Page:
If you visit www.kenpom.com and keep it open in a separate tab while reading this article, it’d be helpful. We are going to explain each column of the rankings, left to right, as follows:
· Strength of Schedule:
· NCSOS AdjEM
Something to keep in mind as we go down this list: many of the metrics we’re discussing are “per 100 possessions”. On average, a college basketball team gets 60-80 possessions in a game. So if you were to look at the KenPom numbers deeply and do the math on something like points scored (AdjO), you might think “wow, these numbers are ridiculously high” – it’s because you can’t think of them on a per-game basis. It’s more like “per one-and-a-third games.”
Adjusted Efficiency Margin (AdjEM): This is how KenPom determines the overall ranking of teams. The more positive, the better. This takes the offensive efficiency minus the defensive efficiency to determine by how many points a team would outscore the “average” Division I program by. As of the morning of December 8, 2019, Rutgers has a AdjEM value of +10.01, meaning if Rutgers were to play the hypothetical average Division I team, they’d be expected to win by 10 points.
Adjusted offensive efficiency (AdjO): This is the amount of points a team would score per 100 possessions, or trips down the floor with the basketball, against an average Division I opponent.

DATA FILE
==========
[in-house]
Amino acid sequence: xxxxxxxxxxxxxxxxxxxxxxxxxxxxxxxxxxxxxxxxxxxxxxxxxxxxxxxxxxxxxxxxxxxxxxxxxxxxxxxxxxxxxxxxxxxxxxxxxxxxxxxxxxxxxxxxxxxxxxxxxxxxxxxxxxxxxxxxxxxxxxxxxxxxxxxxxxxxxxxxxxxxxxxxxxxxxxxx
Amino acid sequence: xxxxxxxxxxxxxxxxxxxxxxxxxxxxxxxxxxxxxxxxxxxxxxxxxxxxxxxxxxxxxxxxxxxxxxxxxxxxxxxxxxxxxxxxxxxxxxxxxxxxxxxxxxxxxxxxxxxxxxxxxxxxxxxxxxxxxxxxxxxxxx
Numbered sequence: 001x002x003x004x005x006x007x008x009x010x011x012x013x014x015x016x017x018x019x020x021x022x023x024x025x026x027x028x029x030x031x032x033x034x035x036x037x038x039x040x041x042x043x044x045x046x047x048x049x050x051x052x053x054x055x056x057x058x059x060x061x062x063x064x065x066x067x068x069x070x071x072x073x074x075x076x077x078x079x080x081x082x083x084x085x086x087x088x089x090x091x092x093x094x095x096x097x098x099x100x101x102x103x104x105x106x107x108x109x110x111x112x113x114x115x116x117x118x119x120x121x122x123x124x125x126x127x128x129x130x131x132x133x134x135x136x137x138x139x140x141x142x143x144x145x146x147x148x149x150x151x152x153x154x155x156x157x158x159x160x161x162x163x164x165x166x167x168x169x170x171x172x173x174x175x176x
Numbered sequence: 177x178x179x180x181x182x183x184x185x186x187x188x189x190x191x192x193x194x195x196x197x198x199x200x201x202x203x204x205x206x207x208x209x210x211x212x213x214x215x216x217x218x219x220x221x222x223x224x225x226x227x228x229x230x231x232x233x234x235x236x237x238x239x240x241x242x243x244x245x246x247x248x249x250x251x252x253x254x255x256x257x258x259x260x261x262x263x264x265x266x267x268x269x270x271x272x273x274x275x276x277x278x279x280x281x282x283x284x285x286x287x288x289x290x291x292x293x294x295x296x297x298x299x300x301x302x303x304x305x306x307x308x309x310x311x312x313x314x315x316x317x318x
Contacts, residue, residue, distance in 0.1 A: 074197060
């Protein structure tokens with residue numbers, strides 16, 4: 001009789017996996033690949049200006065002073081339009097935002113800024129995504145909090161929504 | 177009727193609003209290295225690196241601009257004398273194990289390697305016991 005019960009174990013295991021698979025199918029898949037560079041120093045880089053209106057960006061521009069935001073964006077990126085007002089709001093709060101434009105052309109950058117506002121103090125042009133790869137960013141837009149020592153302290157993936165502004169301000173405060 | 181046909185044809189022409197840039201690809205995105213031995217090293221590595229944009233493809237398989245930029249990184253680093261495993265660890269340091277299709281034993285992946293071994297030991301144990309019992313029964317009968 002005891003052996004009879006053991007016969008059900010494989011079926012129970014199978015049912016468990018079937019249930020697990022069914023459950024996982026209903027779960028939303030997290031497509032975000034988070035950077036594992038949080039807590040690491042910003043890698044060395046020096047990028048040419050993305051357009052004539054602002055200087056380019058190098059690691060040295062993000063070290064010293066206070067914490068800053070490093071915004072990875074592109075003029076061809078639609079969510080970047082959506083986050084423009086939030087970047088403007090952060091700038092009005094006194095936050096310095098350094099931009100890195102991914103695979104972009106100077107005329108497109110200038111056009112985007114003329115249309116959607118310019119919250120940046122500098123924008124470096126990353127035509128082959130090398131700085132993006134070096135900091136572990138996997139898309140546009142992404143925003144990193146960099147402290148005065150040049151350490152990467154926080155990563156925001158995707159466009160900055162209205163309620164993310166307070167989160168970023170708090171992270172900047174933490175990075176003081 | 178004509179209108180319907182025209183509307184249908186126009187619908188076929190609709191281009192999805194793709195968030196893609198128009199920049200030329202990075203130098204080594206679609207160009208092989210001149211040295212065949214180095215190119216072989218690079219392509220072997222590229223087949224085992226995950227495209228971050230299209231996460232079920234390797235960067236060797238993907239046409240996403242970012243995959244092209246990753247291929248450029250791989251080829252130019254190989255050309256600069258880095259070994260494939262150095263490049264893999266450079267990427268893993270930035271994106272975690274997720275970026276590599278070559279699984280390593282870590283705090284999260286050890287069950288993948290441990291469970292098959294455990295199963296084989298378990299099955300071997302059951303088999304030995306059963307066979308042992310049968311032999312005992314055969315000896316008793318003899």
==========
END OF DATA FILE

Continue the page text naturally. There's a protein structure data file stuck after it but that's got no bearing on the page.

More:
Adjusted defensive efficiency (AdjD): This is the amount of points a team would allow per 100 possessions, against an average Division I opponent.
Adjusted tempo (AdjT): We’re going to spend a little bit of extra time on this one.
It’s not enough to just take offensive and defensive efficiency metrics and spit out the numbers from there. KenPom also accounts for tempo, which is the amount of possessions that a team has per 40 minutes (over the course of one game). Remember, as mentioned above, in an average game the average team has 60-80 possessions – but that’s a wide range, and teams vary with respect to how they push (or slowly move) the ball down the court.
This is how KenPom says possessions in a game can be estimated using a box score:
Possessions per game = Field goals attempted - offensive rebounds + turnovers + 0.475 x free throws attempted
Possessions are counted for both teams and then averaged out to give us the AdjT metric.
This is something that people should look at as just a piece of the puzzle as opposed to something that is a damning stat about a team’s offensive prowess. For instance, Virginia had the 2nd-most efficient offense in the country last year despite being dead last in tempo. While teams certainly vary in the extent to which they use tempo to their advantage, efficiency is based on making the possessions that a team has count.
Luck rating (Luck): KenPom defines this as a measure of the deviation between a team’s actual winning percentage and what one would expect from its game-by-game efficiencies. Essentially, a team involved in a lot of close games should not win (or lose) all of them. Those that do will be viewed as lucky (or unlucky).
(If you’re a baseball stats nerd, think of this as a college basketball variation of the Pythagorean record, which assumes every team should go .500 in one-run games and measures luck as how reality varies from that assumption.)